Davis has been so spectacular this season – he ranks second in the league to Russell Westbrook in scoring and efficiency rating and has nine games with at least 30 points and 15 rebounds, matching the same total as the rest of the league – that Gentry admitted the team has a tendency to lean too heavily on him.

“Obviously, you’re going to go to your best player. I don’t see OKC going away from Westbrook. So we’re not going to go away from him,” Gentry told The Vertical. “What he’s done, he wants to be the best player, so he continues to work and try to add things to his game. I think you look at his stats and the way he’s played, he’s more than withstood the burden of what is asked of him, and what we’ve got to do now is fill those other spots where other guys do the same thing.”

The NBA has done so much to help make New Orleans successful – from temporarily seizing ownership from George Shinn, to the Chris Paul trade, to giving Saints owner Tom Benson a sweetheart deal to purchase the team and throwing in an All-Star Game for good measure. New Orleans will again get to host the event after the league left behind Charlotte over North Carolina’s controversial “bathroom bill,” which means the city will have more All-Star Games than playoff appearances over the past four years. But the league hasn’t been able to spare the Pelicans from misfortune.

Holiday, a former All-Star point guard whom Demps acquired in a 2013 draft-night deal with Philadelphia, had to wait three years to play his former team for the first time at Wells Fargo Center because of a recurring lower leg injury. He also missed all of training camp and the first 12 games of this season on personal leave to tend to his wife, Lauren, who needed brain surgery shortly after having the couple’s first child.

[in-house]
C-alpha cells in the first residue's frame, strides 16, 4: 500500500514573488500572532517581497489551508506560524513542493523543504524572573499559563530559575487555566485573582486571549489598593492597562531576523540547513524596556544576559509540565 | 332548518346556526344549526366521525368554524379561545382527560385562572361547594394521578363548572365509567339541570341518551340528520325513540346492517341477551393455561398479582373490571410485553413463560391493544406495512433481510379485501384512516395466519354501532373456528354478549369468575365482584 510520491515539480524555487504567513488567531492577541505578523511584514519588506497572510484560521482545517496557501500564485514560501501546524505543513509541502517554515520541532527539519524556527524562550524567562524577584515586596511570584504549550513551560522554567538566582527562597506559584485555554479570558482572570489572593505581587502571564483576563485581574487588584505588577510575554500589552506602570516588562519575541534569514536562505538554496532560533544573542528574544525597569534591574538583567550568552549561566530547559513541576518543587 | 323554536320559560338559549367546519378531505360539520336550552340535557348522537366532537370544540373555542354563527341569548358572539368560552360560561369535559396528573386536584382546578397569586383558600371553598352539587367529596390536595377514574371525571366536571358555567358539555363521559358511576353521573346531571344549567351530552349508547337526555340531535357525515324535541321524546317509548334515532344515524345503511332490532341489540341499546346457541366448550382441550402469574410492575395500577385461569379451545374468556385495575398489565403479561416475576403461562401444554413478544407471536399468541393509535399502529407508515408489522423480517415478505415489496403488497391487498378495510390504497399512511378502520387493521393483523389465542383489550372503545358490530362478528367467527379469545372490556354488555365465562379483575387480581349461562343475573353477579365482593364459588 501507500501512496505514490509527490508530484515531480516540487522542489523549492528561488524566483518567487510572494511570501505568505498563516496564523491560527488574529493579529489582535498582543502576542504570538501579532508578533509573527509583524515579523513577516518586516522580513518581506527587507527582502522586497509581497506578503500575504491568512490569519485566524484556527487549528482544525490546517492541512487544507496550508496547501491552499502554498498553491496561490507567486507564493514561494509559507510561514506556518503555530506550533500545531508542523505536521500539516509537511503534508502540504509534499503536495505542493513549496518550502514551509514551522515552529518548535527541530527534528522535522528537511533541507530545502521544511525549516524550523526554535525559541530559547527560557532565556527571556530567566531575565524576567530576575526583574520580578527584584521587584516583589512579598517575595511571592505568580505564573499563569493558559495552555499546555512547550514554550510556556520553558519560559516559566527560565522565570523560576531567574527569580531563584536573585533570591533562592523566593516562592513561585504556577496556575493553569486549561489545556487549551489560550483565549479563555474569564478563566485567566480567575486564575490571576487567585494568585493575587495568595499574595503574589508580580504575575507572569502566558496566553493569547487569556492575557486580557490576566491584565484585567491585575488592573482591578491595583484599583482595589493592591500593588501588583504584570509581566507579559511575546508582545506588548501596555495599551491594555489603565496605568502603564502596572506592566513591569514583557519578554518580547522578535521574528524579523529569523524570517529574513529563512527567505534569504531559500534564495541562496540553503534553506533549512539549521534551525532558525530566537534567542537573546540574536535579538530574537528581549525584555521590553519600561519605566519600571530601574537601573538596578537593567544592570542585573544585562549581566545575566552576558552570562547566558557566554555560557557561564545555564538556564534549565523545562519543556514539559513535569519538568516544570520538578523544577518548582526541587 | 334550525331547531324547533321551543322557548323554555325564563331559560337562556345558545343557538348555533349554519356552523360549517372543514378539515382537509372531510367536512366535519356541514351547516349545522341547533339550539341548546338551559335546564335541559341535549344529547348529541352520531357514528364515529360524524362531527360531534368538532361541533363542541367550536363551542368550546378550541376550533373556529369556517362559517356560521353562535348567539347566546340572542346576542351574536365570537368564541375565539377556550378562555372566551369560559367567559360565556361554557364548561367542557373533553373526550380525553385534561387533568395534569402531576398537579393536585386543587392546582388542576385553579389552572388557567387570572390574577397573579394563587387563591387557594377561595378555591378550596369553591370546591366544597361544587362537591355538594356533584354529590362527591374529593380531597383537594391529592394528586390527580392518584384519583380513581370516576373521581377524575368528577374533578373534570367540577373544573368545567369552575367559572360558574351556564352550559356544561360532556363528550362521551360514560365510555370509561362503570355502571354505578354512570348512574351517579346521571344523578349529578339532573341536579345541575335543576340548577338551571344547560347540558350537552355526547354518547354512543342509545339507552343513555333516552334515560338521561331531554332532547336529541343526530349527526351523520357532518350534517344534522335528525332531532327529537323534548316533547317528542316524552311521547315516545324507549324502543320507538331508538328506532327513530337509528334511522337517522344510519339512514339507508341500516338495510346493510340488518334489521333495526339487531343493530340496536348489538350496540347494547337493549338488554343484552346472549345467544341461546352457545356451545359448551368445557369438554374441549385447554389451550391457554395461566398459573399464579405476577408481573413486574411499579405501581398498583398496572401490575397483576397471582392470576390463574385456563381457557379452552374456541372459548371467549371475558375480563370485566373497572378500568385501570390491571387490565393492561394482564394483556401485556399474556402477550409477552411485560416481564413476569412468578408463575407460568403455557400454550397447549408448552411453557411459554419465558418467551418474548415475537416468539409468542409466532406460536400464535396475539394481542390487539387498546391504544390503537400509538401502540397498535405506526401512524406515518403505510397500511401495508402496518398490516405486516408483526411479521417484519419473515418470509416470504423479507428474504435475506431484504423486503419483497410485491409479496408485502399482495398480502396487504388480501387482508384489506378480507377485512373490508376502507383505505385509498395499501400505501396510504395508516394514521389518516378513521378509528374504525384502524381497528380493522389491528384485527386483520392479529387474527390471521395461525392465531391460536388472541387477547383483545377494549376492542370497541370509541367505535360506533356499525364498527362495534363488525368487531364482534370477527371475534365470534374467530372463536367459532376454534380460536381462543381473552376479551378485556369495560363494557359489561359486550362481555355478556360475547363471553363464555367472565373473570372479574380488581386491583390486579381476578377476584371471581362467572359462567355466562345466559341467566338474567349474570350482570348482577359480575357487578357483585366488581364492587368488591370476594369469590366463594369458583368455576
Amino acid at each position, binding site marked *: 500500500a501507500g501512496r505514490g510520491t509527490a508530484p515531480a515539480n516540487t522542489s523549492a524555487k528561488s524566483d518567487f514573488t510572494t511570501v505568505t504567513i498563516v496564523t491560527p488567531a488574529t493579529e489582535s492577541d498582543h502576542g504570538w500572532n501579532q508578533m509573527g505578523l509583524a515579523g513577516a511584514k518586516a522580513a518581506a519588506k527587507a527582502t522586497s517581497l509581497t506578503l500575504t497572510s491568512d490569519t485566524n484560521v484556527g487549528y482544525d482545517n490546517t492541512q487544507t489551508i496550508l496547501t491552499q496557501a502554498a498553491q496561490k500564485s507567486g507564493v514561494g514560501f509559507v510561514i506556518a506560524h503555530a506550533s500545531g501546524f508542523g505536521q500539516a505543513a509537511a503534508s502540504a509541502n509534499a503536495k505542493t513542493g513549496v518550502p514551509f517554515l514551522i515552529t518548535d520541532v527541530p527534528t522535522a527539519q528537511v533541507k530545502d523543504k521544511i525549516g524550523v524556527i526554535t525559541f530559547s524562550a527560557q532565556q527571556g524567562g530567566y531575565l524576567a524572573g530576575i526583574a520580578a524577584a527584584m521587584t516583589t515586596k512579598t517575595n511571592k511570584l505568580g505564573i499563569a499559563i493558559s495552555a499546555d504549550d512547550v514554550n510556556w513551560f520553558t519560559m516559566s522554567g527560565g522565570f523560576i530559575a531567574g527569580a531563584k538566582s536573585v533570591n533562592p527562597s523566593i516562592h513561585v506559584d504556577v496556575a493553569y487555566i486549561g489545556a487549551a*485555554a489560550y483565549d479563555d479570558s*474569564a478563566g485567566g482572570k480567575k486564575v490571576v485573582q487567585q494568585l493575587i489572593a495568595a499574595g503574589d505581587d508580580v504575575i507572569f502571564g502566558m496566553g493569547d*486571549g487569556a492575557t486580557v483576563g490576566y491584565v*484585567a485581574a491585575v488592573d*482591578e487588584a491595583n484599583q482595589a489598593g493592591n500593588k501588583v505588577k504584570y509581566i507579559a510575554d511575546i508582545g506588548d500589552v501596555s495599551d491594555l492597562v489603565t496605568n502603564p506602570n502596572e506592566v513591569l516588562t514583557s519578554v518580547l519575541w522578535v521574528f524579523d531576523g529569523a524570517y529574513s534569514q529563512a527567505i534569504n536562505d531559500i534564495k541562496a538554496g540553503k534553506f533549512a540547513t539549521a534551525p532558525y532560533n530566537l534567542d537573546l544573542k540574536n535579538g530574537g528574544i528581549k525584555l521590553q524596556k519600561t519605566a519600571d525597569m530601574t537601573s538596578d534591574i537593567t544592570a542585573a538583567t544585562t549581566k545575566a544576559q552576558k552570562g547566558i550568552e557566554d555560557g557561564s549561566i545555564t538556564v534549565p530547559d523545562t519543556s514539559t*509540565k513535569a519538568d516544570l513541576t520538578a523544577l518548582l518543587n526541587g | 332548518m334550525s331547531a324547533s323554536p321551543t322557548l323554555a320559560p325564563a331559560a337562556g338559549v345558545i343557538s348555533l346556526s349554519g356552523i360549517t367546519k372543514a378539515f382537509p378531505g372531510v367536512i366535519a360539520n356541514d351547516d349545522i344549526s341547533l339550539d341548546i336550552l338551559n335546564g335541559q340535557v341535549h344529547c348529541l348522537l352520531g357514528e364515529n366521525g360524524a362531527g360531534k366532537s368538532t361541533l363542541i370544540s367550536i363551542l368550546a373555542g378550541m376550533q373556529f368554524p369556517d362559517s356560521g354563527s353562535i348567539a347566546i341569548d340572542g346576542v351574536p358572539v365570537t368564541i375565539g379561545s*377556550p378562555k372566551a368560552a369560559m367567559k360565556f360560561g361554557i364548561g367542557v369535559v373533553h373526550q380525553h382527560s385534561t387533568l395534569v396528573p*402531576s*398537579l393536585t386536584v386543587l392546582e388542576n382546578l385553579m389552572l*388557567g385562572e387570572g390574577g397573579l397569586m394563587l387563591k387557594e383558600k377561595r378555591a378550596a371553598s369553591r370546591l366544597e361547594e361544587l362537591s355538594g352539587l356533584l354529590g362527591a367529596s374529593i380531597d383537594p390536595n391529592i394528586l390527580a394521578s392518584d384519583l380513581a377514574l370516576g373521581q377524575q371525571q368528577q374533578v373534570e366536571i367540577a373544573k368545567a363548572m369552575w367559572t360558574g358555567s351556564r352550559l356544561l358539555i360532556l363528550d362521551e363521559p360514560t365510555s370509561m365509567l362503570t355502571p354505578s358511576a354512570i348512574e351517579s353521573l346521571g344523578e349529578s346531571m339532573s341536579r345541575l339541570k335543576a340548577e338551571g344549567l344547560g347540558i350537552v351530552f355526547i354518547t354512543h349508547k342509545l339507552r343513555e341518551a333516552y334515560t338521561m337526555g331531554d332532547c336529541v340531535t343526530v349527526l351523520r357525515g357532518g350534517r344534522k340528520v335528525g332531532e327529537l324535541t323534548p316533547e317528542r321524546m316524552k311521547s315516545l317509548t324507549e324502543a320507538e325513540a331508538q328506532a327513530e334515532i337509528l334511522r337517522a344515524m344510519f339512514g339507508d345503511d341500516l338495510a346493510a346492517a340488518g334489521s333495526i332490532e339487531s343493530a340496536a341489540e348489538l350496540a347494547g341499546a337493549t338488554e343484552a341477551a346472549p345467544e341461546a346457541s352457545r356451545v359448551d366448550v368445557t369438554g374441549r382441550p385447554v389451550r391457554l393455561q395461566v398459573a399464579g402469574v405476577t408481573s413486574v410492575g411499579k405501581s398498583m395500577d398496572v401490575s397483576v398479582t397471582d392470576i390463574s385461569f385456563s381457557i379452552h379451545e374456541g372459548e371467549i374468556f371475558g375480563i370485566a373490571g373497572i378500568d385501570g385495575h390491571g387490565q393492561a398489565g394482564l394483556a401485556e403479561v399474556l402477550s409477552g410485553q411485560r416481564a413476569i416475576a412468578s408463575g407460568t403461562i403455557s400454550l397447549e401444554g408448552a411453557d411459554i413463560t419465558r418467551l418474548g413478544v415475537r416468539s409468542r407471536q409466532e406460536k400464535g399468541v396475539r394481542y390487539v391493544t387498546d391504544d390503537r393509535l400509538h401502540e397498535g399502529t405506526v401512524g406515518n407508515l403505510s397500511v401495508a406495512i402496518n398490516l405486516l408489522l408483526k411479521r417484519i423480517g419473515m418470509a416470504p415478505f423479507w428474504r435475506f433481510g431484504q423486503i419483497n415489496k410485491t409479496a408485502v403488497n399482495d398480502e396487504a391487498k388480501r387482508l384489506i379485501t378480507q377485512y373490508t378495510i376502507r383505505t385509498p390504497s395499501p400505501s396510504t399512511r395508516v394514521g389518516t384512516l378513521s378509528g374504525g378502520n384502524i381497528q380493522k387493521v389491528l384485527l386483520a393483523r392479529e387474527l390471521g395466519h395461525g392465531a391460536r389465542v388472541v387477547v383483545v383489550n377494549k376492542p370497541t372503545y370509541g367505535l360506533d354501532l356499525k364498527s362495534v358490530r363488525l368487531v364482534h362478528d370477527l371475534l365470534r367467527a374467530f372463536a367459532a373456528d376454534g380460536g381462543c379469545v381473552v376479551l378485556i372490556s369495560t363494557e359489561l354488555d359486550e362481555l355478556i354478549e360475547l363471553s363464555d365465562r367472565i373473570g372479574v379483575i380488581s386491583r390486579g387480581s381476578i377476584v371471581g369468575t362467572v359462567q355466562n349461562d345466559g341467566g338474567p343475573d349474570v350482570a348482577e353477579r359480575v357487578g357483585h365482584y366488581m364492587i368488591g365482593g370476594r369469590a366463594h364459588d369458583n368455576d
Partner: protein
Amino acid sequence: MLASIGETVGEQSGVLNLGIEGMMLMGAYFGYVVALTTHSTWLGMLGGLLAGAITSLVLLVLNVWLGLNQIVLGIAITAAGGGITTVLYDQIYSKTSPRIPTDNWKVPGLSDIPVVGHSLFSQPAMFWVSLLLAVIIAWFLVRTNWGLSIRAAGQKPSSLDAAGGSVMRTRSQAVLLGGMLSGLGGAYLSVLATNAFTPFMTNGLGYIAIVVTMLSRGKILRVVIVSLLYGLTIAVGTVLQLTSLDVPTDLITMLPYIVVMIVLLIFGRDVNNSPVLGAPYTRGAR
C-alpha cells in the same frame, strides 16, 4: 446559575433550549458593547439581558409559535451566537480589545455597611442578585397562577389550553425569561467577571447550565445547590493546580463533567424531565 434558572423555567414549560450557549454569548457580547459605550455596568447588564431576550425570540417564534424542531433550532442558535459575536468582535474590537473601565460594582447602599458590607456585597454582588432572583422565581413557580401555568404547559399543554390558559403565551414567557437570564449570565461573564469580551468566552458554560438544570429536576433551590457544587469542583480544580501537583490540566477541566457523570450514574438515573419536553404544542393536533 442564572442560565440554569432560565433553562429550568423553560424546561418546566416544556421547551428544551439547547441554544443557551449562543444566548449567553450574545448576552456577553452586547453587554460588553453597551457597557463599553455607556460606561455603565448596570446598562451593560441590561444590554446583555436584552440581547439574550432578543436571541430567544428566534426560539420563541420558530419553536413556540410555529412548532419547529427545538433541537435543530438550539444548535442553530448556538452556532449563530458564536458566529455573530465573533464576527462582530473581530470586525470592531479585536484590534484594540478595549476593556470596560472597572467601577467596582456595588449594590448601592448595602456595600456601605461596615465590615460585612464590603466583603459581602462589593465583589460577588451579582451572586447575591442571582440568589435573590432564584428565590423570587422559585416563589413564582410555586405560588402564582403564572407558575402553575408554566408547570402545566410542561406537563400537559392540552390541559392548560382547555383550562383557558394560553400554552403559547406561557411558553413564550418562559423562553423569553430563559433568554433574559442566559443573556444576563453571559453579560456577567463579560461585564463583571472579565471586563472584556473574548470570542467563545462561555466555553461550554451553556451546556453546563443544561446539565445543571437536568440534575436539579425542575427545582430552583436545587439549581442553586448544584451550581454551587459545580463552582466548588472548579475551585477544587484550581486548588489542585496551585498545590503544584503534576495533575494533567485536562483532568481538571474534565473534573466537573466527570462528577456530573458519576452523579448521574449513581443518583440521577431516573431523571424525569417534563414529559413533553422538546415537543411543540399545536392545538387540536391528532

Free-agent signing Lance Stephenson was waived last month after having a groin injury that required surgery. Evans missed 11 months with a right knee injury and has played three games this season on a minutes restriction. Bryce Dejean-Jones was fatally shot May 28 after a promising rookie campaign. And Pondexter hasn’t played since having surgery on his left knee shortly after that playoff series against Golden State.

Despite the adversity, and losing the first eight games this season, Davis remains optimistic that his team will move in the right direction by the time he’s serving as unofficial All-Star Game host. The Pelicans are only three games out of the final spot in the Western Conference and have gone 8-8 with Holiday in the lineup. “It’s tough,” Davis said. “We got a couple of weeks to figure out how we want our season to go.”

“We’re not completely out of it,” Gentry told The Vertical. “The top echelon of the West has been really good. Everybody else has had their struggles. If we can put together a little winning streak, we can get back into the race.”

Becoming a team that’s “right back here” will be a much greater challenge for the Pelicans of Gentry and Davis.